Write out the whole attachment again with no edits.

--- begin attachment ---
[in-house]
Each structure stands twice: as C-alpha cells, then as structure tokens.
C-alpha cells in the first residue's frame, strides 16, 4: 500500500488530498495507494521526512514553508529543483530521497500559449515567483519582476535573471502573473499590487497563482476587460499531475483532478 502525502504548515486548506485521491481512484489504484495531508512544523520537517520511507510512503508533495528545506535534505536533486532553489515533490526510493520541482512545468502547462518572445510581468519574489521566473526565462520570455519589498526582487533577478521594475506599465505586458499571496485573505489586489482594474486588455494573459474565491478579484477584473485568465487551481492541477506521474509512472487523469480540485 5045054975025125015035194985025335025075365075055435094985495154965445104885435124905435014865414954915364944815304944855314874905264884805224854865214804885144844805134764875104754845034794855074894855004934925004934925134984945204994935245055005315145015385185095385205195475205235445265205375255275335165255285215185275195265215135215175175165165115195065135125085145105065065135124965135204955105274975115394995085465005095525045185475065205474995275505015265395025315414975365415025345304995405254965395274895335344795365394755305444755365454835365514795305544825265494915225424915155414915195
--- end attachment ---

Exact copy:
[in-house]
Each structure stands twice: as C-alpha cells, then as structure tokens.
C-alpha cells in the first residue's frame, strides 16, 4: 500500500488530498495507494521526512514553508529543483530521497500559449515567483519582476535573471502573473499590487497563482476587460499531475483532478 502525502504548515486548506485521491481512484489504484495531508512544523520537517520511507510512503508533495528545506535534505536533486532553489515533490526510493520541482512545468502547462518572445510581468519574489521566473526565462520570455519589498526582487533577478521594475506599465505586458499571496485573505489586489482594474486588455494573459474565491478579484477584473485568465487551481492541477506521474509512472487523469480540485 5045054975025125015035194985025335025075365075055435094985495154965445104885435124905435014865414954915364944815304944855314874905264884805224854865214804885144844805134764875104754845034794855074894855004934925004934925134984945204994935245055005315145015385185095385205195475205235445265205375255275335165255285215185275195265215135215175175165165115195065135125085145105065065135124965135204955105274975115394995085465005095525045185475065205474995275505015265395025315414975365415025345304995405254965395274895335344795365394755305444755365454835365514795305544825265494915225424915155414915195